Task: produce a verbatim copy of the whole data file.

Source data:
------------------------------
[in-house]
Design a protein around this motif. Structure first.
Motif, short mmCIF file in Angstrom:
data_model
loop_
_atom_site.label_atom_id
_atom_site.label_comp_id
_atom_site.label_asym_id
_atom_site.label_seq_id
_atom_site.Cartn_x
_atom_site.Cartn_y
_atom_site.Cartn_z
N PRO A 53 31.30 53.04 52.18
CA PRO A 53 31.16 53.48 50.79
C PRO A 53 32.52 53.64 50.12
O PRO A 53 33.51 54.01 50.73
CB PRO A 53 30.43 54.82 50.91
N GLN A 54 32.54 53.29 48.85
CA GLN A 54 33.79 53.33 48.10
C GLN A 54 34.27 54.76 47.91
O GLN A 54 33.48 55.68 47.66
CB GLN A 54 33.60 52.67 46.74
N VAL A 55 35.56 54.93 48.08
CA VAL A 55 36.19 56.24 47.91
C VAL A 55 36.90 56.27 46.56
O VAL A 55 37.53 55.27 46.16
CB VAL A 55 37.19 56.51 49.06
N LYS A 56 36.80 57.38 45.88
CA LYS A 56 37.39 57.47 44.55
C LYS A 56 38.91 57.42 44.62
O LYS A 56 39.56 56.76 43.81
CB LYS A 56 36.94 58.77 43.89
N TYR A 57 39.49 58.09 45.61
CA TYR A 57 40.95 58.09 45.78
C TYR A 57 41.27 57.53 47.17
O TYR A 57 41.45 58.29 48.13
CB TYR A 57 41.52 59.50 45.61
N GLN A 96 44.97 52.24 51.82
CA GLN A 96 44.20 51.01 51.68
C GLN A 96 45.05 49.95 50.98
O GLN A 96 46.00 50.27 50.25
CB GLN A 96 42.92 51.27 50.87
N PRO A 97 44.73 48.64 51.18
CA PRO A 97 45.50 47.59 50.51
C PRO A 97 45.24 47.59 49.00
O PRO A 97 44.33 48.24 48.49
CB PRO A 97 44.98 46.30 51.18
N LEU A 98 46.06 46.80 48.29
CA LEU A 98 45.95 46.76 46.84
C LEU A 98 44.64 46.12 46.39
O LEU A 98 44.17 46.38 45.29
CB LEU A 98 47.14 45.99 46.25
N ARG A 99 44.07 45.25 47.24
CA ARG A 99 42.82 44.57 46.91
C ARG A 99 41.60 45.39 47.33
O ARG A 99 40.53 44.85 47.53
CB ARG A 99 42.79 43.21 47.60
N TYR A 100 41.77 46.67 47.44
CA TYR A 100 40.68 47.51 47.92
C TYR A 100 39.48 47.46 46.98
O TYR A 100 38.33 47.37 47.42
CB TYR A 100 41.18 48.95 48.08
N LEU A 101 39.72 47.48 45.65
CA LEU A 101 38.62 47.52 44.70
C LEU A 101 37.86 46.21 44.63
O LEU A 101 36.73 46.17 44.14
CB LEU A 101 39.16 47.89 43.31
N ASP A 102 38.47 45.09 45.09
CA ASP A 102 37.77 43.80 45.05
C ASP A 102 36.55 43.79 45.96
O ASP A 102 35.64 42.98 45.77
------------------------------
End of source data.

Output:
[in-house]
Design a protein around this motif. Structure first.
Motif, short mmCIF file in Angstrom:
data_model
loop_
_atom_site.label_atom_id
_atom_site.label_comp_id
_atom_site.label_asym_id
_atom_site.label_seq_id
_atom_site.Cartn_x
_atom_site.Cartn_y
_atom_site.Cartn_z
N PRO A 53 31.30 53.04 52.18
CA PRO A 53 31.16 53.48 50.79
C PRO A 53 32.52 53.64 50.12
O PRO A 53 33.51 54.01 50.73
CB PRO A 53 30.43 54.82 50.91
N GLN A 54 32.54 53.29 48.85
CA GLN A 54 33.79 53.33 48.10
C GLN A 54 34.27 54.76 47.91
O GLN A 54 33.48 55.68 47.66
CB GLN A 54 33.60 52.67 46.74
N VAL A 55 35.56 54.93 48.08
CA VAL A 55 36.19 56.24 47.91
C VAL A 55 36.90 56.27 46.56
O VAL A 55 37.53 55.27 46.16
CB VAL A 55 37.19 56.51 49.06
N LYS A 56 36.80 57.38 45.88
CA LYS A 56 37.39 57.47 44.55
C LYS A 56 38.91 57.42 44.62
O LYS A 56 39.56 56.76 43.81
CB LYS A 56 36.94 58.77 43.89
N TYR A 57 39.49 58.09 45.61
CA TYR A 57 40.95 58.09 45.78
C TYR A 57 41.27 57.53 47.17
O TYR A 57 41.45 58.29 48.13
CB TYR A 57 41.52 59.50 45.61
N GLN A 96 44.97 52.24 51.82
CA GLN A 96 44.20 51.01 51.68
C GLN A 96 45.05 49.95 50.98
O GLN A 96 46.00 50.27 50.25
CB GLN A 96 42.92 51.27 50.87
N PRO A 97 44.73 48.64 51.18
CA PRO A 97 45.50 47.59 50.51
C PRO A 97 45.24 47.59 49.00
O PRO A 97 44.33 48.24 48.49
CB PRO A 97 44.98 46.30 51.18
N LEU A 98 46.06 46.80 48.29
CA LEU A 98 45.95 46.76 46.84
C LEU A 98 44.64 46.12 46.39
O LEU A 98 44.17 46.38 45.29
CB LEU A 98 47.14 45.99 46.25
N ARG A 99 44.07 45.25 47.24
CA ARG A 99 42.82 44.57 46.91
C ARG A 99 41.60 45.39 47.33
O ARG A 99 40.53 44.85 47.53
CB ARG A 99 42.79 43.21 47.60
N TYR A 100 41.77 46.67 47.44
CA TYR A 100 40.68 47.51 47.92
C TYR A 100 39.48 47.46 46.98
O TYR A 100 38.33 47.37 47.42
CB TYR A 100 41.18 48.95 48.08
N LEU A 101 39.72 47.48 45.65
CA LEU A 101 38.62 47.52 44.70
C LEU A 101 37.86 46.21 44.63
O LEU A 101 36.73 46.17 44.14
CB LEU A 101 39.16 47.89 43.31
N ASP A 102 38.47 45.09 45.09
CA ASP A 102 37.77 43.80 45.05
C ASP A 102 36.55 43.79 45.96
O ASP A 102 35.64 42.98 45.77